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Job Market Paper

What are the effects of exposure to international export competition on welfare, wages, and sector mobility? Using a massive, matched employer-employee dataset from Mexico, I study how the spectacular rise of China as a manufacturer exporter affected exporting industries in the Mexican economy. By exploiting industry shocks to export competition with China, I find that displaced individuals in exposed industries have an initial wage loss of 22 percentage points larger than displaced workers from non-exposed industries. I rank workers according to their pre-shock income and find that high-income workers laid off from exposed industries suffer around 70 percent larger losses than displaced workers in non-exposed industries. Displaced workers who are at the bottom of the pre-shock income distribution suffer minimal wage losses independently of their industry. To rationalize my findings and evaluate the distributional effects of affected workers, I build and analyze a competitive search model with sector-specific human capital, transferable human capital, search frictions, and minimum wage schedule. In the counterfactual exercises, I find that the minimum wage can account for the observed wage losses at the bottom of the income distribution, but it fails to explain the losses in the upper parts of the distribution. I show that the degree of transferability of human capital across sectors is crucial to explain why median- and high-income workers in exposed industries suffer larger losses. In the main quantitative experiment, I compare an economy with and without the shock and find that the larger the human capital accumulated in the exposed sector, the larger the welfare losses. High-income workers suffer a 35 percent welfare decline, and low-income workers suffer a 1 percent decline.

Presented at: ITAM Alumni Conference (August 2021), SED (June 2022)


Working Papers

Understanding Domestic Outsourcing: The Role of Smoothing Demand for Workers

with León Fernández Bujanda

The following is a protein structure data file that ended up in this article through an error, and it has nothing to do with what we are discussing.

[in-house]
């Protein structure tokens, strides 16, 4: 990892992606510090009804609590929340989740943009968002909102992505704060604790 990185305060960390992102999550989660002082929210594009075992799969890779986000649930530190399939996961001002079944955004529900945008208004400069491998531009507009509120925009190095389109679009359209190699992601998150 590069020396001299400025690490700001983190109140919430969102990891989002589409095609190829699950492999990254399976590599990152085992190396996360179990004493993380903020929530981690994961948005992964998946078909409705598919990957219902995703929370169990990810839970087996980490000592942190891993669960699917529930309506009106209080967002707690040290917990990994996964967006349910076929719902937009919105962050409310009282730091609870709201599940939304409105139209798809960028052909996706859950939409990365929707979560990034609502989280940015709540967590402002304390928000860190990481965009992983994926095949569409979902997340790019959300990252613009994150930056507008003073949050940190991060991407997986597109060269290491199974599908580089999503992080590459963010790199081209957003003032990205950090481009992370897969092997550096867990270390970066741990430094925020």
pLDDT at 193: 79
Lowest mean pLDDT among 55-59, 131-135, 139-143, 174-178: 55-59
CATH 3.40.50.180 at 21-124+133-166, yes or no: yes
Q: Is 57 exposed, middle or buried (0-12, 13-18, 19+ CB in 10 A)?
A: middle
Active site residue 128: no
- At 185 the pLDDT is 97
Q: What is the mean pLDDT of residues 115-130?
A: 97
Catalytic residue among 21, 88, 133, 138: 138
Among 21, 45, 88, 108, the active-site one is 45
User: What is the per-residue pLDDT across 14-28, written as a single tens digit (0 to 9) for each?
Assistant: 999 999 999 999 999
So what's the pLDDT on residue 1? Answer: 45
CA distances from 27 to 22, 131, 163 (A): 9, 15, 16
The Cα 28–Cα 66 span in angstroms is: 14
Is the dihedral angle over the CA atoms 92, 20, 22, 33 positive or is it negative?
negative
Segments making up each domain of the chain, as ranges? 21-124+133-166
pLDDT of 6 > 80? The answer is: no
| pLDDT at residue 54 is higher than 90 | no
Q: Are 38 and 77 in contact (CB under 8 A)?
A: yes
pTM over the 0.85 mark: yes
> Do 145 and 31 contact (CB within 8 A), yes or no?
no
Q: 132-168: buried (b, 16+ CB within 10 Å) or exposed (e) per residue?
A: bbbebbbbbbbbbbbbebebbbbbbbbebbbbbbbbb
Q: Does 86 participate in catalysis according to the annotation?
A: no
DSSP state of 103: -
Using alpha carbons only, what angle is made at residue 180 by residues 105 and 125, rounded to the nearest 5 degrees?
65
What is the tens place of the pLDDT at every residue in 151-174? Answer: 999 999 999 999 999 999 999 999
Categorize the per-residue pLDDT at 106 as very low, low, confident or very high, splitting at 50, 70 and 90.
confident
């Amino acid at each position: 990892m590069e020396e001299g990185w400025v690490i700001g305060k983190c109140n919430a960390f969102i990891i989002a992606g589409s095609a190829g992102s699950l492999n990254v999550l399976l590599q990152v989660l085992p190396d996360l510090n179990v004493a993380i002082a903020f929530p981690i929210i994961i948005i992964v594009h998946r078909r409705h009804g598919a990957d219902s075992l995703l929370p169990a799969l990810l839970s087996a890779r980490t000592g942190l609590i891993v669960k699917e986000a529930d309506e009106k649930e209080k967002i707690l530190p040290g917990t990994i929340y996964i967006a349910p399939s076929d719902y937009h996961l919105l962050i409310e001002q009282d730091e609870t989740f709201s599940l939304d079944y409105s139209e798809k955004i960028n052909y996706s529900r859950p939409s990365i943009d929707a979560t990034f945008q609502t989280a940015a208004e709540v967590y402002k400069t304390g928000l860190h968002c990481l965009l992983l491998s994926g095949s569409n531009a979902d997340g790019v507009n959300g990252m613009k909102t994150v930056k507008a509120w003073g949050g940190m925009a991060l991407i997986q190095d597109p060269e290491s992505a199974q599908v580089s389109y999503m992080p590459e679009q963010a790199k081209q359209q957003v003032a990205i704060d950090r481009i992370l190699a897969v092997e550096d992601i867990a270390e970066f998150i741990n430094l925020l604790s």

This paper studies the impact of domestic outsourcing and time-varying idiosyncratic risk at the firm level on welfare, output, and workers' wages. To study this question, we exploit a recent policy change in Mexico that prohibits hiring “core-activity” workers through outsourcing. Our event-study design shows that workers who were previously hired through outsourcing increase their wages by approximately 9 log points relative to similar workers who were not outsourced before the policy intervention. We build a tractable directed search model with firm dynamics and time-varying idiosyncratic risk in which firms can decide how many workers to hire in-house and how many to outsource. We show that transitory shocks are important to account for the demand for outsourced workers. The model shows outsourced workers experience less unemployment risk without the presence of the outsourcing sector but a lower probability of finding jobs, creating ambiguous results on welfare. Finally, we use the model to study the short-run and long-run welfare consequences of the policy.

Minimum Wage, Informality, and Earnings Inequality: Evidence from Mexico

What are the implications of a decline in the minimum wage for earnings inequality in an economy with a sizable informal sector?

We address this question by using rich administrative matched employer-employee data and survey data from Mexico, a country where almost half of the workers are informally employed, combined with an equilibrium search model of the labor market. Between 1988 and 1996, the Mexican economy witnessed two opposite trends: a 61 log point increase in P90-P10 earnings inequality in the formal sector was accompanied by a 48 log point decline in the real minimum wage. On the empirical side, we show that the minimum wage spillover effects reach up to the 70th percentile of the earnings distribution. Next, using the AKM decomposition, we find that the variance of worker fixed effects accounts for about 60% of the total variance of log earnings. Finally, using the model that features both formal and informal sectors, we evaluate the effects of the minimum wage decline on the earnings distribution in the formal sector, employment, and output in Mexico.

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